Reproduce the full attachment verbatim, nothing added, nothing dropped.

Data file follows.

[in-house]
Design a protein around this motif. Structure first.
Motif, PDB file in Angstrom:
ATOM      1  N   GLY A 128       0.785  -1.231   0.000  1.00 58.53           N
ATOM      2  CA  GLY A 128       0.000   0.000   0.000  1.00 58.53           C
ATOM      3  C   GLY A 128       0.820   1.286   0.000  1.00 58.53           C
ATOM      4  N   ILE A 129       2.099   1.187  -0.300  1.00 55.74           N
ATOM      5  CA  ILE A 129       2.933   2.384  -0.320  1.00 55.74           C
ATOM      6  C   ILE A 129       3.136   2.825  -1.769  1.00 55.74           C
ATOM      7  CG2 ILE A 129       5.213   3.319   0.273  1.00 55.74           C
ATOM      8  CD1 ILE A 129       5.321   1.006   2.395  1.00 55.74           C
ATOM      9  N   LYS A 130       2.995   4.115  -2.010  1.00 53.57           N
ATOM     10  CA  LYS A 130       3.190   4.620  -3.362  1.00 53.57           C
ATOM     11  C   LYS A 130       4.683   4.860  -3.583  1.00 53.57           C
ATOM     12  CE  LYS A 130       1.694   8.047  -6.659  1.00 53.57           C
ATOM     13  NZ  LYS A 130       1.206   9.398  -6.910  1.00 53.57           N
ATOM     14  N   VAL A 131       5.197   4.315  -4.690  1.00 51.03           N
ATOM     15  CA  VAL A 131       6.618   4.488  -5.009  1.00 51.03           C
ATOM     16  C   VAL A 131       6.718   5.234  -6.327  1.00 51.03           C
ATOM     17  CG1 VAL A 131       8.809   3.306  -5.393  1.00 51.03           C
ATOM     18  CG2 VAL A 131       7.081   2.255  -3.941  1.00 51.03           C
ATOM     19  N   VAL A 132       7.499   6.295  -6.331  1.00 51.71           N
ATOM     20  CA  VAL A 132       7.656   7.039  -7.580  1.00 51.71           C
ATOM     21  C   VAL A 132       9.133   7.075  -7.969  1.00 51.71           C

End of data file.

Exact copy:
[in-house]
Design a protein around this motif. Structure first.
Motif, PDB file in Angstrom:
ATOM      1  N   GLY A 128       0.785  -1.231   0.000  1.00 58.53           N
ATOM      2  CA  GLY A 128       0.000   0.000   0.000  1.00 58.53           C
ATOM      3  C   GLY A 128       0.820   1.286   0.000  1.00 58.53           C
ATOM      4  N   ILE A 129       2.099   1.187  -0.300  1.00 55.74           N
ATOM      5  CA  ILE A 129       2.933   2.384  -0.320  1.00 55.74           C
ATOM      6  C   ILE A 129       3.136   2.825  -1.769  1.00 55.74           C
ATOM      7  CG2 ILE A 129       5.213   3.319   0.273  1.00 55.74           C
ATOM      8  CD1 ILE A 129       5.321   1.006   2.395  1.00 55.74           C
ATOM      9  N   LYS A 130       2.995   4.115  -2.010  1.00 53.57           N
ATOM     10  CA  LYS A 130       3.190   4.620  -3.362  1.00 53.57           C
ATOM     11  C   LYS A 130       4.683   4.860  -3.583  1.00 53.57           C
ATOM     12  CE  LYS A 130       1.694   8.047  -6.659  1.00 53.57           C
ATOM     13  NZ  LYS A 130       1.206   9.398  -6.910  1.00 53.57           N
ATOM     14  N   VAL A 131       5.197   4.315  -4.690  1.00 51.03           N
ATOM     15  CA  VAL A 131       6.618   4.488  -5.009  1.00 51.03           C
ATOM     16  C   VAL A 131       6.718   5.234  -6.327  1.00 51.03           C
ATOM     17  CG1 VAL A 131       8.809   3.306  -5.393  1.00 51.03           C
ATOM     18  CG2 VAL A 131       7.081   2.255  -3.941  1.00 51.03           C
ATOM     19  N   VAL A 132       7.499   6.295  -6.331  1.00 51.71           N
ATOM     20  CA  VAL A 132       7.656   7.039  -7.580  1.00 51.71           C
ATOM     21  C   VAL A 132       9.133   7.075  -7.969  1.00 51.71           C